Key Person Dependency Risk or KPDR is the risk that occurs when an organization relies on a few individuals for continued business operations due to their proven knowledge or skill. These individuals may be in leadership positions, but they could just as easily serve in any department, such as IT or HR.
Workforce Turnover Exacerbates Existing KPDR Vulnerabilities
When organizations don’t properly manage their KPDR, their business continuity plans are at risk from workforce turnover. In 2021, more than 47 million employees voluntarily left their jobs for a variety of reasons, including improved work/life balance, company culture, and compensation.
“The Great Resignation is really industry agnostic,” says Andres Franzetti, “The pandemic and the last couple of years has really forced folks to reevaluate both what they’re doing personally as well as work, and the type of environment they want to work in.”
The pre-pandemic talent gap in industries like I.T. and cybersecurity has exacerbated the issue. Now, surviving the Big Quit is not only about evaluating where you have key people in your organization, but is also tied to a larger recruitment and retention strategy, especially where competition for talent is most acute.
Redundancy and Knowledge Transfer Help Mitigate KPDR
Collecting and protecting critical knowledge – information that’s specific to your organization but may not be documented – is the first step toward mitigating your KPDR. Software can assist in developing a knowledgebase that documents Standard Operating Procedures (SOPs) and other important information for greater business continuity. “If a key person were to leave tomorrow, what does the next person need to hit the ground running?” asks J.P. Ruiz, “That’s the mentality an organization has to have when deciding what to document.”
“Additionally,” says Andres “it’s about building up redundancies and succession planning.” The definition of “key person” has evolved from primarily leadership roles after organizations were caught off-guard when large numbers of employees responsible for the day-to-day running of the organization resigned and exposed KPDR vulnerabilities. Using a broader lens to identify key persons means taking stock of the core business capabilities and those who fulfill them, which may include vendors or third parties.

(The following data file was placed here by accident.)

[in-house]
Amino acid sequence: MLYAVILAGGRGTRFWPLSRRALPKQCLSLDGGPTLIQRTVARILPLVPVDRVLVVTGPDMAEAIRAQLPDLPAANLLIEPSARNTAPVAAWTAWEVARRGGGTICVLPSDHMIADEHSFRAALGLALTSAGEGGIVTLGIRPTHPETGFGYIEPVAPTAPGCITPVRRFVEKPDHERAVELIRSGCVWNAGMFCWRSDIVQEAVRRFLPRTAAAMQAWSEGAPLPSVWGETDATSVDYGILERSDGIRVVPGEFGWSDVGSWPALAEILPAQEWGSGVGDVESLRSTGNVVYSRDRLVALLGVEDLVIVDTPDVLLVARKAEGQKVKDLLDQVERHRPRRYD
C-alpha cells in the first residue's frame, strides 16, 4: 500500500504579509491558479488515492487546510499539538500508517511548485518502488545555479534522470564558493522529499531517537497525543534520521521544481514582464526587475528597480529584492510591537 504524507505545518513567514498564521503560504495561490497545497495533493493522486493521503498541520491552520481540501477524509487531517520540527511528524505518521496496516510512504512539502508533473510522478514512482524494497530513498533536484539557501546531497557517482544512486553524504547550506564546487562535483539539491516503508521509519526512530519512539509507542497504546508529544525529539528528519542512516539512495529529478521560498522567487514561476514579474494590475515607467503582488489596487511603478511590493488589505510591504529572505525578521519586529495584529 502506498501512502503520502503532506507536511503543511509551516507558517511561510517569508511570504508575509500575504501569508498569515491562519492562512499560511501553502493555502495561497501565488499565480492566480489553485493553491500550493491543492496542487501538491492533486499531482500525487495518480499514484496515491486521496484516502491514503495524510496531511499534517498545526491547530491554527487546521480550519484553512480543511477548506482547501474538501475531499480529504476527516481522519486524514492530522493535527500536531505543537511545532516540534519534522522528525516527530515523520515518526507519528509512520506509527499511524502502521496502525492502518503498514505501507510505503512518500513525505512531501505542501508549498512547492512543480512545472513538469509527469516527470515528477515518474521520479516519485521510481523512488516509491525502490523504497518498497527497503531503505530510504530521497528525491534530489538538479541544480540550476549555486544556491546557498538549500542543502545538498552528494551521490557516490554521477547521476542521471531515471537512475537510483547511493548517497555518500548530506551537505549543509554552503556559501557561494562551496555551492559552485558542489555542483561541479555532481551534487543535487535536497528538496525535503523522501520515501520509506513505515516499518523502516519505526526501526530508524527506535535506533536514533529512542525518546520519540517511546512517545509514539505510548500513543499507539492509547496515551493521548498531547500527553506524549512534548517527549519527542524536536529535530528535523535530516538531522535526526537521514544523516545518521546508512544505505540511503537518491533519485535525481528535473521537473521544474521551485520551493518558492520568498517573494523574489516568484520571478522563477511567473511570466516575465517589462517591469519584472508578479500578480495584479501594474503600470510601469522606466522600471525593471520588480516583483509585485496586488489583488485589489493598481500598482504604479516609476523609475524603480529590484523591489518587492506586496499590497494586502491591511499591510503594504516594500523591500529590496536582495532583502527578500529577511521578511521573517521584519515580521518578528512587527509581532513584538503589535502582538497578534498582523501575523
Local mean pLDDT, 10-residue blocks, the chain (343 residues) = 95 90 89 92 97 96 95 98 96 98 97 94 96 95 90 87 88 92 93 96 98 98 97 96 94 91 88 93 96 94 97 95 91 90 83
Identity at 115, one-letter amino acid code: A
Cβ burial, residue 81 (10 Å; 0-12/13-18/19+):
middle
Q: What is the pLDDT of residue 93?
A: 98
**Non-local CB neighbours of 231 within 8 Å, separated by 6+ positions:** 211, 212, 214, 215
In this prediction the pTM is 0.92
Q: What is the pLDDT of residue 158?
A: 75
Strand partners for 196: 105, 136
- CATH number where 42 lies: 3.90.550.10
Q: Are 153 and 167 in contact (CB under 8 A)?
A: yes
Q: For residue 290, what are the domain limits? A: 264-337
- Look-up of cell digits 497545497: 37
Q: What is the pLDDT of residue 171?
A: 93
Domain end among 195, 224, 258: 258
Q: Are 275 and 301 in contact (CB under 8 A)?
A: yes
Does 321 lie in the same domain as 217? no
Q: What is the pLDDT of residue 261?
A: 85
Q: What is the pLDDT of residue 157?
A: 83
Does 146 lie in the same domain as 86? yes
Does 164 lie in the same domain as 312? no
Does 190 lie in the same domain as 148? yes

Beyond just documenting critical knowledge, to build resiliency firms must develop and implement knowledge transfer plans that include cross-training and tailored, multi-skill career paths for employees. Unhealthy company culture has been a key drivers of the Great Resignation; leadership can work to change their company culture by showcasing key persons playing a part in educating their coworkers, rather than withholding information to protect their key person status. Cross-trained employees enhance the organization’s ability to weather change, and become pillars of the organization themselves through participating in a new, more inclusive company culture.
Addressing KPDR Reduces Related Risks, Like Insider Threats
Insider threats are another facet of KPDR, which involves risks that originate within the organization and intentionally (or unintentionally) cause harm to the business – from disgruntled employees taking proprietary information to mistakenly clicking on a phishing email that exposes network vulnerabilities. CISA has some effective tools for evaluating insider risk while software can help track role-based access and standardize the process to reduce risk. Additionally, the cooperation of HR and IT can be a winning combination to adequately control onboarding offboarding access to mitigate insider risk at those junctures.
As cyber insurance premiums rise in response to increases in the frequency and costs of cyber attacks, carriers are requiring these kinds of additional controls for coverage eligibility. Companies will find that having detailed incident response plans will help keep insurance costs down for not only cyber, but also liability, employee liability and other types of business coverages.
Outsourcing certain business functions, such as accounting or IT, is one way to free up internal resources while adding skills and redundancy. Traditional key person insurance helps transfer the financial risk of losing a key person and often covers high-level executives. However, with the expanded definition of “key persons,” so must key person coverage evolve to include critical business functions. Cyber policies often contain integrated resources to mitigate risk while insulating companies from the financial losses and augment capabilities for response.
In our current risk landscape, KPDR is a real threat to firms of all sizes and across industries and adequately identifying and addressing key person dependency risk is another way organizations can build operational resilience in the face of complex risks.
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